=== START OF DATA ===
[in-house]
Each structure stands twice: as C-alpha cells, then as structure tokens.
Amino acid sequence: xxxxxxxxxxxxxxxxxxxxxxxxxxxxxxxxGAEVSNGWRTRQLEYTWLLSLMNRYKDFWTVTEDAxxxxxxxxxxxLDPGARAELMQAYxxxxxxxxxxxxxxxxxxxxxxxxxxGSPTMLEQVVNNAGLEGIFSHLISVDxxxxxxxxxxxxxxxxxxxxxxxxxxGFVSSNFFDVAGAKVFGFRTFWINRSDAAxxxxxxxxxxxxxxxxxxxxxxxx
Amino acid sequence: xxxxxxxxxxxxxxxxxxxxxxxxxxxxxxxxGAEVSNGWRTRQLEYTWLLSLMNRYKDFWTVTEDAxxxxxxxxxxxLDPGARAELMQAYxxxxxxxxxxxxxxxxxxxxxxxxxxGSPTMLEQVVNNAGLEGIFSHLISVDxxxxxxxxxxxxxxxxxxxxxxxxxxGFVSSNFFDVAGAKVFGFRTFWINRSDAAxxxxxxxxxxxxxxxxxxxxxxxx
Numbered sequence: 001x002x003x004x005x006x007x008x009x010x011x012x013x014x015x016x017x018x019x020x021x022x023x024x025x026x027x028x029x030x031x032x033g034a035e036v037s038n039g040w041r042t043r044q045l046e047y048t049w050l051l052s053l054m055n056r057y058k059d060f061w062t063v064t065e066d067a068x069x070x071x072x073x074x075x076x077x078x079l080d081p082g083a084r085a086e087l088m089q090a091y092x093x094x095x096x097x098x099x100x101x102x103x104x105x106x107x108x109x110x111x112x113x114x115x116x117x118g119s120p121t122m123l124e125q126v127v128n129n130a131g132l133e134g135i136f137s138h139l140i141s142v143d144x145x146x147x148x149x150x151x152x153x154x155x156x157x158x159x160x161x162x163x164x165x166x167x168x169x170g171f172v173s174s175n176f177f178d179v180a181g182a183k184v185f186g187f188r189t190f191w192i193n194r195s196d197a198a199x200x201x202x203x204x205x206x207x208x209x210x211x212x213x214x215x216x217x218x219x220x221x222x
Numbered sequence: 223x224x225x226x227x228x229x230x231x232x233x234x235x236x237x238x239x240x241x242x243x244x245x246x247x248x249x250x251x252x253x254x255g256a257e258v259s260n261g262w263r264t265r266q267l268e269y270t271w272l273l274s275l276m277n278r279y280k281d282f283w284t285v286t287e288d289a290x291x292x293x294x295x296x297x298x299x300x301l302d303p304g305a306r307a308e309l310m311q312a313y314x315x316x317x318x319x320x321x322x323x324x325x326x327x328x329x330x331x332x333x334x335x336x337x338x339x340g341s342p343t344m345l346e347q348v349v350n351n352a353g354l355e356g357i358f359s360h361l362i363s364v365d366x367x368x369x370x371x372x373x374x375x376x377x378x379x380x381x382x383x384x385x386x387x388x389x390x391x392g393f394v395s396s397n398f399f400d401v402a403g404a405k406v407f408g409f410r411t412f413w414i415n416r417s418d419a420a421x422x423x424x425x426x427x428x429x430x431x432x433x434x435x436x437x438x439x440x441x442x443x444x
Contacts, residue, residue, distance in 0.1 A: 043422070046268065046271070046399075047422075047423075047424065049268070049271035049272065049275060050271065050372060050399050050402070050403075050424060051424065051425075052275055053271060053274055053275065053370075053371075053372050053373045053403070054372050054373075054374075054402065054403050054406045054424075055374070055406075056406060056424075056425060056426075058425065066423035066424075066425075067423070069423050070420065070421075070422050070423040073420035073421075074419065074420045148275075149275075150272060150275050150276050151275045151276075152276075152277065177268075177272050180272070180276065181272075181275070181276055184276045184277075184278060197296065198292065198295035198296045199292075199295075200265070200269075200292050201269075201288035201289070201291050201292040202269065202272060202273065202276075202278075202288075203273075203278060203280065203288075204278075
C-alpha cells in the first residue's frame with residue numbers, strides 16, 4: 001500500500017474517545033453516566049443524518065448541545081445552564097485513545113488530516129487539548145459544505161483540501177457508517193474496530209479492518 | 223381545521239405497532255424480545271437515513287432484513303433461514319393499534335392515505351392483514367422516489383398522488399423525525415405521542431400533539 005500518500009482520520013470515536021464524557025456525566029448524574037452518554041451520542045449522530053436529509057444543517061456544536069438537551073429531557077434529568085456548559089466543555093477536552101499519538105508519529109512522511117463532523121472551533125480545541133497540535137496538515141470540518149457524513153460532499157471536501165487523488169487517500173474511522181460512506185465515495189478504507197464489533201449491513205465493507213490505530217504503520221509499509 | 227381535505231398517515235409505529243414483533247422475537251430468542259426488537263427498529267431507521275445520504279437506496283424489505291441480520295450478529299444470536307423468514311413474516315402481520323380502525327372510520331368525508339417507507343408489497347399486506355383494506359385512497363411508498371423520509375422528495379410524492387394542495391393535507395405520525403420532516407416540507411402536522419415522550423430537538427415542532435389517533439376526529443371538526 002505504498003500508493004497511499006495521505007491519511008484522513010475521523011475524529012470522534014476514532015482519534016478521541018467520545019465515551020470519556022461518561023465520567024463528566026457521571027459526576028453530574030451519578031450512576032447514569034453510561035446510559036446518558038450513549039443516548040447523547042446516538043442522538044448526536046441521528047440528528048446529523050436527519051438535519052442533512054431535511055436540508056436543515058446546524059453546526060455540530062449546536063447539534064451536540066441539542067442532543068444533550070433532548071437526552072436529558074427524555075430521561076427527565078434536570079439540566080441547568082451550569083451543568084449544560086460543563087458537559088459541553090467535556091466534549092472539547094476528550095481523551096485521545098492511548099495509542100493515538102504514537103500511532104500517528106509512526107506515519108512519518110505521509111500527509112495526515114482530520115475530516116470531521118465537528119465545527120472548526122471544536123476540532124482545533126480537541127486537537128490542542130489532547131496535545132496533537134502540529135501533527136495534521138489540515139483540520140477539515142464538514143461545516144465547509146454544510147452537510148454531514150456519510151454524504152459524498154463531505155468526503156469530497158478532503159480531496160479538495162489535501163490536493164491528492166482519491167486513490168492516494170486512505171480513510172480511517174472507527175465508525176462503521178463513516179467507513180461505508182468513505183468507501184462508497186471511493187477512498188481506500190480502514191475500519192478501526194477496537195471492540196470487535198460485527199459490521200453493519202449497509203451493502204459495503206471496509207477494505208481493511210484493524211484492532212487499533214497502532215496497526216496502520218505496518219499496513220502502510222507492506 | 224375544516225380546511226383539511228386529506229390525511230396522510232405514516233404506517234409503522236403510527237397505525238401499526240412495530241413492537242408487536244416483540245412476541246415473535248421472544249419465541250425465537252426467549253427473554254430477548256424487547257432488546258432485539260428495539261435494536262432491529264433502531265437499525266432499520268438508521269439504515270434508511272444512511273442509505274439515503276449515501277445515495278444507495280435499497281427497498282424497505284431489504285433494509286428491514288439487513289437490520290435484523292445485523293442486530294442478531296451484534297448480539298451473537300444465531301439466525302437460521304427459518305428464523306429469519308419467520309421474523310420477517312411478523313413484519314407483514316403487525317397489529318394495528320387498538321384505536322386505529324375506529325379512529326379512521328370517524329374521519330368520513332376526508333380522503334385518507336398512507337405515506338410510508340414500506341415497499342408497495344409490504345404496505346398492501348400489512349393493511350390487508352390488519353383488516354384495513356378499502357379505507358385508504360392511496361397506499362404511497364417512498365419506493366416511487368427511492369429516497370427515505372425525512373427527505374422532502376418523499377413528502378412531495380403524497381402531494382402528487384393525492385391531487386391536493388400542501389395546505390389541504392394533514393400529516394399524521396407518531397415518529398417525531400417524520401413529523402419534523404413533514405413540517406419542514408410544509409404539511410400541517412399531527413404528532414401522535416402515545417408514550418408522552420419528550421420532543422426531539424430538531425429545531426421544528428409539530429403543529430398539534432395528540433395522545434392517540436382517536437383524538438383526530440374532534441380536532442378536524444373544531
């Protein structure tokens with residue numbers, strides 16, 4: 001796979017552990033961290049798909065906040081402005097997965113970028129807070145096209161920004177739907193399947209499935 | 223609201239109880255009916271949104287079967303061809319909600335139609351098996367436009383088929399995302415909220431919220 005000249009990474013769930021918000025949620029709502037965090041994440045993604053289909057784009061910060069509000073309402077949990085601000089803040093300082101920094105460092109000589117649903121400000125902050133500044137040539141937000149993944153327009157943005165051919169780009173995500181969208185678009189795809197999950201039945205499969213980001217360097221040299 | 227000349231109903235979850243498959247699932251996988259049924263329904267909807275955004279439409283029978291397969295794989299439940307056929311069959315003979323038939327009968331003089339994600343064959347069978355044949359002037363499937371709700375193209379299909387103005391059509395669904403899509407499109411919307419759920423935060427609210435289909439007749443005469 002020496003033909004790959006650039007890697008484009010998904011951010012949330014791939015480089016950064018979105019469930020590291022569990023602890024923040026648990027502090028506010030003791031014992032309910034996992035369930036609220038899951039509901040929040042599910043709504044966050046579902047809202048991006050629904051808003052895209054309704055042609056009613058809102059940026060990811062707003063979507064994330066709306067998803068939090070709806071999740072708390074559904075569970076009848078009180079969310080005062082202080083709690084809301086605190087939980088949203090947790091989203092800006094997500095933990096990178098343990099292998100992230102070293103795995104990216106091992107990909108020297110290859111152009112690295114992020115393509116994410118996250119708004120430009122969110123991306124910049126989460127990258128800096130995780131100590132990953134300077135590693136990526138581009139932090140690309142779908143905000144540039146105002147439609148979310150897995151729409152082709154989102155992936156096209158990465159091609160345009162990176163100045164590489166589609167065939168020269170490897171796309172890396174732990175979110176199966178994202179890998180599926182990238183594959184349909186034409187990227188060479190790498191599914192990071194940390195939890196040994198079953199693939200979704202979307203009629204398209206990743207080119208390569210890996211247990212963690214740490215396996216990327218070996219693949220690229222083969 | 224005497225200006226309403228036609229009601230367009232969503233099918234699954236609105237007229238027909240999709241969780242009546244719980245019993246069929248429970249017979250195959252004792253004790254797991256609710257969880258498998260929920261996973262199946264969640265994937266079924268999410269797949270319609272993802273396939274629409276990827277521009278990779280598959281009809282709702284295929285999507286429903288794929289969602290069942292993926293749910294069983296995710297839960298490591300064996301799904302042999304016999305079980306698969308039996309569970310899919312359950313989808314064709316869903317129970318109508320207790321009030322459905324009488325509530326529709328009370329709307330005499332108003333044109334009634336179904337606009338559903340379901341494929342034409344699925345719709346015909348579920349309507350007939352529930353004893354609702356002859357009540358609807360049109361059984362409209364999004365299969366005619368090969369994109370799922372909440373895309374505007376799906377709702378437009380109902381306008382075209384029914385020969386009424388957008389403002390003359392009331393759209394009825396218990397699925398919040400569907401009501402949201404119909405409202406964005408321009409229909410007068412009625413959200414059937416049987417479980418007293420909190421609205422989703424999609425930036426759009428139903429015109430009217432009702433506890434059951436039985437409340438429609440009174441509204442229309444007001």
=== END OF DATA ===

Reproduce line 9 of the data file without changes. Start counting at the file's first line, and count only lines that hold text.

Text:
């Protein structure tokens with residue numbers, strides 16, 4: 001796979017552990033961290049798909065906040081402005097997965113970028129807070145096209161920004177739907193399947209499935 | 223609201239109880255009916271949104287079967303061809319909600335139609351098996367436009383088929399995302415909220431919220 005000249009990474013769930021918000025949620029709502037965090041994440045993604053289909057784009061910060069509000073309402077949990085601000089803040093300082101920094105460092109000589117649903121400000125902050133500044137040539141937000149993944153327009157943005165051919169780009173995500181969208185678009189795809197999950201039945205499969213980001217360097221040299 | 227000349231109903235979850243498959247699932251996988259049924263329904267909807275955004279439409283029978291397969295794989299439940307056929311069959315003979323038939327009968331003089339994600343064959347069978355044949359002037363499937371709700375193209379299909387103005391059509395669904403899509407499109411919307419759920423935060427609210435289909439007749443005469 002020496003033909004790959006650039007890697008484009010998904011951010012949330014791939015480089016950064018979105019469930020590291022569990023602890024923040026648990027502090028506010030003791031014992032309910034996992035369930036609220038899951039509901040929040042599910043709504044966050046579902047809202048991006050629904051808003052895209054309704055042609056009613058809102059940026060990811062707003063979507064994330066709306067998803068939090070709806071999740072708390074559904075569970076009848078009180079969310080005062082202080083709690084809301086605190087939980088949203090947790091989203092800006094997500095933990096990178098343990099292998100992230102070293103795995104990216106091992107990909108020297110290859111152009112690295114992020115393509116994410118996250119708004120430009122969110123991306124910049126989460127990258128800096130995780131100590132990953134300077135590693136990526138581009139932090140690309142779908143905000144540039146105002147439609148979310150897995151729409152082709154989102155992936156096209158990465159091609160345009162990176163100045164590489166589609167065939168020269170490897171796309172890396174732990175979110176199966178994202179890998180599926182990238183594959184349909186034409187990227188060479190790498191599914192990071194940390195939890196040994198079953199693939200979704202979307203009629204398209206990743207080119208390569210890996211247990212963690214740490215396996216990327218070996219693949220690229222083969 | 224005497225200006226309403228036609229009601230367009232969503233099918234699954236609105237007229238027909240999709241969780242009546244719980245019993246069929248429970249017979250195959252004792253004790254797991256609710257969880258498998260929920261996973262199946264969640265994937266079924268999410269797949270319609272993802273396939274629409276990827277521009278990779280598959281009809282709702284295929285999507286429903288794929289969602290069942292993926293749910294069983296995710297839960298490591300064996301799904302042999304016999305079980306698969308039996309569970310899919312359950313989808314064709316869903317129970318109508320207790321009030322459905324009488325509530326529709328009370329709307330005499332108003333044109334009634336179904337606009338559903340379901341494929342034409344699925345719709346015909348579920349309507350007939352529930353004893354609702356002859357009540358609807360049109361059984362409209364999004365299969366005619368090969369994109370799922372909440373895309374505007376799906377709702378437009380109902381306008382075209384029914385020969386009424388957008389403002390003359392009331393759209394009825396218990397699925398919040400569907401009501402949201404119909405409202406964005408321009409229909410007068412009625413959200414059937416049987417479980418007293420909190421609205422989703424999609425930036426759009428139903429015109430009217432009702433506890434059951436039985437409340438429609440009174441509204442229309444007001």